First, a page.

2. The California surgeon general rolled out a "playbook" to help Californians reduce stress during the pandemic and stay-at-home order. Included in the playbook are such tips as exercising for 60 minutes a day and eating nutritiously. Phone numbers for services offering mental health support are included.

3. As of April 7,  California hospitals have secured 11,000 more ventilators, The Sacramento Bee reported. State officials are working to get 10,000 more ventilators before the anticipated mid-May COVID-19 surge of patients.

4. Los Angeles Mayor Eric Garcetti has ordered all Los Angeles residents to wear masks when traveling to and visiting essential businesses, according to The New York Times. The order begins April 10.

Louisiana (16,284 confirmed cases as of 5:25 a.m. CDT April 8)

1. Louisiana reported its largest single-day spike in coronavirus deaths, with 70 deaths occurring from April 7 to April 8, according to The Hill. But the rate of new COVID-19 cases fell in the same time period.

2. Louisiana reported 582 deaths due to COVID-19, as of 12 p.m. on April 7, according to data from the state health department. About 70 percent of the people who have died were African American, and about 66 percent had hypertension. Other common underlying conditions included diabetes (43.5 percent of deaths) and chronic kidney disease (25 percent).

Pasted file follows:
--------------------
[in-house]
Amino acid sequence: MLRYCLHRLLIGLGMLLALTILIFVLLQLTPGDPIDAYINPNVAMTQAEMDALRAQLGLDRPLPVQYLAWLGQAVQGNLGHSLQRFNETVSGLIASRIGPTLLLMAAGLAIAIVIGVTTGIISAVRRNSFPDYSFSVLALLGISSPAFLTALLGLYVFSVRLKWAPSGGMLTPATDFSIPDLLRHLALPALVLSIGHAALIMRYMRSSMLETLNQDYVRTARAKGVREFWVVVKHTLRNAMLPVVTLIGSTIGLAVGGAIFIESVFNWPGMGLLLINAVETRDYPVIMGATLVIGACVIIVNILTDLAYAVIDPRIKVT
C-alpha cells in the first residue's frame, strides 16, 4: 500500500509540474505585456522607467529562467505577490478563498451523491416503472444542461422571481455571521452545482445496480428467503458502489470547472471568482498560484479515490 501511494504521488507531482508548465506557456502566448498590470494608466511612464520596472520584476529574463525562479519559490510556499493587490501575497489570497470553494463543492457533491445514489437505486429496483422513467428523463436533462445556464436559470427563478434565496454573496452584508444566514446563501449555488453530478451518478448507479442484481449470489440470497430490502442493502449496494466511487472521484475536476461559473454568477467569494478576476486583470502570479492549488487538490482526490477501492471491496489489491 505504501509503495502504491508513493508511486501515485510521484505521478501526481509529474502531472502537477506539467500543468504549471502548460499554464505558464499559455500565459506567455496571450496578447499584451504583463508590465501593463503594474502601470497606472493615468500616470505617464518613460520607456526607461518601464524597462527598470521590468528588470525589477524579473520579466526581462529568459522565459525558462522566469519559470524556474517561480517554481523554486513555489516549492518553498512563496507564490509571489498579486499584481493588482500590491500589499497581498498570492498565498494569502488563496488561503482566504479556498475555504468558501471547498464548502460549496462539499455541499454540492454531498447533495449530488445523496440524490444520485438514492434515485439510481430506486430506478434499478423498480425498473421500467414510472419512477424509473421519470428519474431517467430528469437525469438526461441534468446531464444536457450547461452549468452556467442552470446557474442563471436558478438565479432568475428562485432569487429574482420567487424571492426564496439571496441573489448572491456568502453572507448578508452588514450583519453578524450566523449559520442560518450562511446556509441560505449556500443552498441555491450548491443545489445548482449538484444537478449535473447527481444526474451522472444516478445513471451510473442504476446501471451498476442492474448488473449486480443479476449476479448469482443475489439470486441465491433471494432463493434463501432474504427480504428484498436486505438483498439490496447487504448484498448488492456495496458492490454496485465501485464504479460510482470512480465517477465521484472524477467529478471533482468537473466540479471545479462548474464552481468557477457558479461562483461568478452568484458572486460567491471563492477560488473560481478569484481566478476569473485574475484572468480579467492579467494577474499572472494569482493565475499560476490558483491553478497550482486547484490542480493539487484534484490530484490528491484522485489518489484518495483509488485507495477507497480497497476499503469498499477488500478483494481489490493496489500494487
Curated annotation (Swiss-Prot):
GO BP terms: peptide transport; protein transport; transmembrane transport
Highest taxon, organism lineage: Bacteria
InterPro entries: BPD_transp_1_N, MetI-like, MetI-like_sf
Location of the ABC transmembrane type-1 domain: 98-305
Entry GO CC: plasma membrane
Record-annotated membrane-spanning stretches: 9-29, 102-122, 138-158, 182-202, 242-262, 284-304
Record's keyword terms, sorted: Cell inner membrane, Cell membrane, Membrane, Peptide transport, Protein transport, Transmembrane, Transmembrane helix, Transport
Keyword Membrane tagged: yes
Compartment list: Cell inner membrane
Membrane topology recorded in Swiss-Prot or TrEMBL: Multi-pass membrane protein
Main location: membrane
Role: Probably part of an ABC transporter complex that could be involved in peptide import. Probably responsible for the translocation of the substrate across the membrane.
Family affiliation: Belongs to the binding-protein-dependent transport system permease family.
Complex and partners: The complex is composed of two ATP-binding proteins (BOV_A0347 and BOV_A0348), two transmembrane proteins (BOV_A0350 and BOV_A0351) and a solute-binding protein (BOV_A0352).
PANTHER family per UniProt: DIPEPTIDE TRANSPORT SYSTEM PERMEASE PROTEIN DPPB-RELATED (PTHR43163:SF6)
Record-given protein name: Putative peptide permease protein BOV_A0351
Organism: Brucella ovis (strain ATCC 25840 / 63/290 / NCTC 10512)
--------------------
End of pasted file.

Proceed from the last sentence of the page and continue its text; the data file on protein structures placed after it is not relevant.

3. Louisiana is unlikely to run out of hospital beds or ventilators "in the next 10 days to two weeks," Gov. John Bel Edwards said April 7, according to the News Star. Previously, state officials predicted the state would exceed its ventilator and hospital bed capacity this week.

The state has scaled back its orders for ventilators from 14,000 to 1,000, according to the report. 

Read more about measures Louisiana is taking here.

Massachusetts (15,202 confirmed cases as of 7:25 a.m. CDT April 8)

1. Gov. Charlie Baker's administration is providing $800 million in funding to healthcare providers in the state that have been financially affected by the COVID-19 pandemic. The funding comes after several hospitals and health systems in the state announced furloughs and pay cuts. From the new funds, hospitals will receive $400 million; nursing facilities will receive $80 million; and $300 will be distributed among community health centers, ambulance companies and other providers.

The $800 million comes in addition to the $290 million in immediate cash relief and $550 million in accelerated payments to providers announced last month. 

2. A military base in Bourne, Mass., the Joint Base Cape Cod, was chosen as a site for a COVID-19 field hospital, according to The hospital will care for COVID-19 patients who no longer need acute hospital care but are not ready for discharge. 

3. The governor imposed additional occupancy restrictions in the state, according to MassLive. As a result, grocery stores must now cut their standard occupancy levels by 60 percent, according to the report.

More articles on public health:
1 in 8 Americans know someone with COVID-19
The US populations tested most, least for COVID-19
The 4 benchmarks needed to end social distancing